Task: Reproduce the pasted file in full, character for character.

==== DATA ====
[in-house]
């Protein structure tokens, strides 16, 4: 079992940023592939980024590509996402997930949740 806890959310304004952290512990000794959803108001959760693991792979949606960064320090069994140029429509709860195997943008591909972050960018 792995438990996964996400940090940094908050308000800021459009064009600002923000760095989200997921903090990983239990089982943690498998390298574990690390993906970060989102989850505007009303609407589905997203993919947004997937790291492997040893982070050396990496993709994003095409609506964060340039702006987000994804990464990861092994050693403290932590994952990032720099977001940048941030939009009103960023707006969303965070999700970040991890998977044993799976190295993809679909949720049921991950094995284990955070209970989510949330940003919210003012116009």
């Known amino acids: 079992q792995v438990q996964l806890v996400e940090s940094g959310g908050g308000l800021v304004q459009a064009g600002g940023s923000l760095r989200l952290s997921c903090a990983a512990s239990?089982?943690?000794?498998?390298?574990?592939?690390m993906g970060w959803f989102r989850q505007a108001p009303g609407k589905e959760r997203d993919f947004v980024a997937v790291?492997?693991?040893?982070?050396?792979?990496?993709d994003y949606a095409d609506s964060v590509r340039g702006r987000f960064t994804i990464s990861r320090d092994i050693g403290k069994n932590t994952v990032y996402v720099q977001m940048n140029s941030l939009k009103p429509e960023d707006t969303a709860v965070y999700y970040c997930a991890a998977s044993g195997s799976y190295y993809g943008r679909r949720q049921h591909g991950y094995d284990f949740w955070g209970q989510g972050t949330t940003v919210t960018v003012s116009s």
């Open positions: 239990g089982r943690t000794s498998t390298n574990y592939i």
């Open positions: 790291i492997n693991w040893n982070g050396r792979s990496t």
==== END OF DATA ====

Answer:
[in-house]
């Protein structure tokens, strides 16, 4: 079992940023592939980024590509996402997930949740 806890959310304004952290512990000794959803108001959760693991792979949606960064320090069994140029429509709860195997943008591909972050960018 792995438990996964996400940090940094908050308000800021459009064009600002923000760095989200997921903090990983239990089982943690498998390298574990690390993906970060989102989850505007009303609407589905997203993919947004997937790291492997040893982070050396990496993709994003095409609506964060340039702006987000994804990464990861092994050693403290932590994952990032720099977001940048941030939009009103960023707006969303965070999700970040991890998977044993799976190295993809679909949720049921991950094995284990955070209970989510949330940003919210003012116009």
């Known amino acids: 079992q792995v438990q996964l806890v996400e940090s940094g959310g908050g308000l800021v304004q459009a064009g600002g940023s923000l760095r989200l952290s997921c903090a990983a512990s239990?089982?943690?000794?498998?390298?574990?592939?690390m993906g970060w959803f989102r989850q505007a108001p009303g609407k589905e959760r997203d993919f947004v980024a997937v790291?492997?693991?040893?982070?050396?792979?990496?993709d994003y949606a095409d609506s964060v590509r340039g702006r987000f960064t994804i990464s990861r320090d092994i050693g403290k069994n932590t994952v990032y996402v720099q977001m940048n140029s941030l939009k009103p429509e960023d707006t969303a709860v965070y999700y970040c997930a991890a998977s044993g195997s799976y190295y993809g943008r679909r949720q049921h591909g991950y094995d284990f949740w955070g209970q989510g972050t949330t940003v919210t960018v003012s116009s």
């Open positions: 239990g089982r943690t000794s498998t390298n574990y592939i």
């Open positions: 790291i492997n693991w040893n982070g050396r792979s990496t």